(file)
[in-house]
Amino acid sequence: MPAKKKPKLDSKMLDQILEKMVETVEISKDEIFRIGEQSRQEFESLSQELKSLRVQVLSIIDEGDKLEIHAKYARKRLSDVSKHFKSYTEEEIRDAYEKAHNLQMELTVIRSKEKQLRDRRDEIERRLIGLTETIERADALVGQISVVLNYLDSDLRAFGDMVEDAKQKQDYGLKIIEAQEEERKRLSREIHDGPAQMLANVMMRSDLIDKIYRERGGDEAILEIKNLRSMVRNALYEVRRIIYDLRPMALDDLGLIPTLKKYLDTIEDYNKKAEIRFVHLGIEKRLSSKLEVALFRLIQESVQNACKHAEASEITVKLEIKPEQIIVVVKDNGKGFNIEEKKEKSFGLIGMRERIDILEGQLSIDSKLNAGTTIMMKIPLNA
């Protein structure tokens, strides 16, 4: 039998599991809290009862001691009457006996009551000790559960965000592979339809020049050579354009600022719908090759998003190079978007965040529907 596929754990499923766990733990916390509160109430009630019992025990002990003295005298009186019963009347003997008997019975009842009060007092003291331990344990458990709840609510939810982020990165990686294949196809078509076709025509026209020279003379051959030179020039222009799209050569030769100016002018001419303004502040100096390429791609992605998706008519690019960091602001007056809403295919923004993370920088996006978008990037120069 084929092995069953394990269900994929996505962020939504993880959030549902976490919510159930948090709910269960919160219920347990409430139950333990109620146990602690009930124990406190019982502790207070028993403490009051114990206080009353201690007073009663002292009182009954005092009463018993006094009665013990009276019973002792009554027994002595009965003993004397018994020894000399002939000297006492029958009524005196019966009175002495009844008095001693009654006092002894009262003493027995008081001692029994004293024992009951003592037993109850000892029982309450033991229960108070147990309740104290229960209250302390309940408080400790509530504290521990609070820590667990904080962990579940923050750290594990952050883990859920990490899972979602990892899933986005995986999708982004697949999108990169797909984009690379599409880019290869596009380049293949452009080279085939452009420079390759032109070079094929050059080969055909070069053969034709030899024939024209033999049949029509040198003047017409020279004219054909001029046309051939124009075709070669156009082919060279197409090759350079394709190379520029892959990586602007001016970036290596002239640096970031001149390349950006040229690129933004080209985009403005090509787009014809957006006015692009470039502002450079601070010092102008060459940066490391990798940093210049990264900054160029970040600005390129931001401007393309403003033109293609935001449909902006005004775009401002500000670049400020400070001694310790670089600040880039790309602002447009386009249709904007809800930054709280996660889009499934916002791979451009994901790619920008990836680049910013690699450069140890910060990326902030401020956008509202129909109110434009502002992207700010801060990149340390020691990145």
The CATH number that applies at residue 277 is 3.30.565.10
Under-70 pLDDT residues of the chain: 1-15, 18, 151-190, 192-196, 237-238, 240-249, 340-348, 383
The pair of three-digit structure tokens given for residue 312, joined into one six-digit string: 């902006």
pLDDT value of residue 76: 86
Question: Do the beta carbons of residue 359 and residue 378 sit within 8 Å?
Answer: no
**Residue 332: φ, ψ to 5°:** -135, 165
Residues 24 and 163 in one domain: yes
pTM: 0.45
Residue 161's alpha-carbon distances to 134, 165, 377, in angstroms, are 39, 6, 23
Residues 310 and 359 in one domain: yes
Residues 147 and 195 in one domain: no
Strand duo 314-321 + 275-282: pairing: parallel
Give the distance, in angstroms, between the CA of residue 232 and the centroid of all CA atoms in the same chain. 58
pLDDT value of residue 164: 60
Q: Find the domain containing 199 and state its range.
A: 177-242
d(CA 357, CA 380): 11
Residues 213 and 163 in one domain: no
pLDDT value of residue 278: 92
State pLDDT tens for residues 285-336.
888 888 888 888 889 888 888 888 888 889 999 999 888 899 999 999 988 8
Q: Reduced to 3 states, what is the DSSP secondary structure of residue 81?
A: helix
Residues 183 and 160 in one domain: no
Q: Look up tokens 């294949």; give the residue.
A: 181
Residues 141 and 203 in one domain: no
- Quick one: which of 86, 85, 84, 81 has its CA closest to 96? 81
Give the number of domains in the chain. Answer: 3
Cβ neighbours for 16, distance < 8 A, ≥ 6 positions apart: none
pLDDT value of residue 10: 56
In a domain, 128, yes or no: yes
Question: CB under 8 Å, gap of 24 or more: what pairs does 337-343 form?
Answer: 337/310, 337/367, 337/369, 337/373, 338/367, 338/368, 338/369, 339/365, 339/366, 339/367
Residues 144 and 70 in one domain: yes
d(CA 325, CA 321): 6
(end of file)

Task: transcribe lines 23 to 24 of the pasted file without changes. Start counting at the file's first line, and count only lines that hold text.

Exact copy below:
pLDDT value of residue 278: 92
State pLDDT tens for residues 285-336.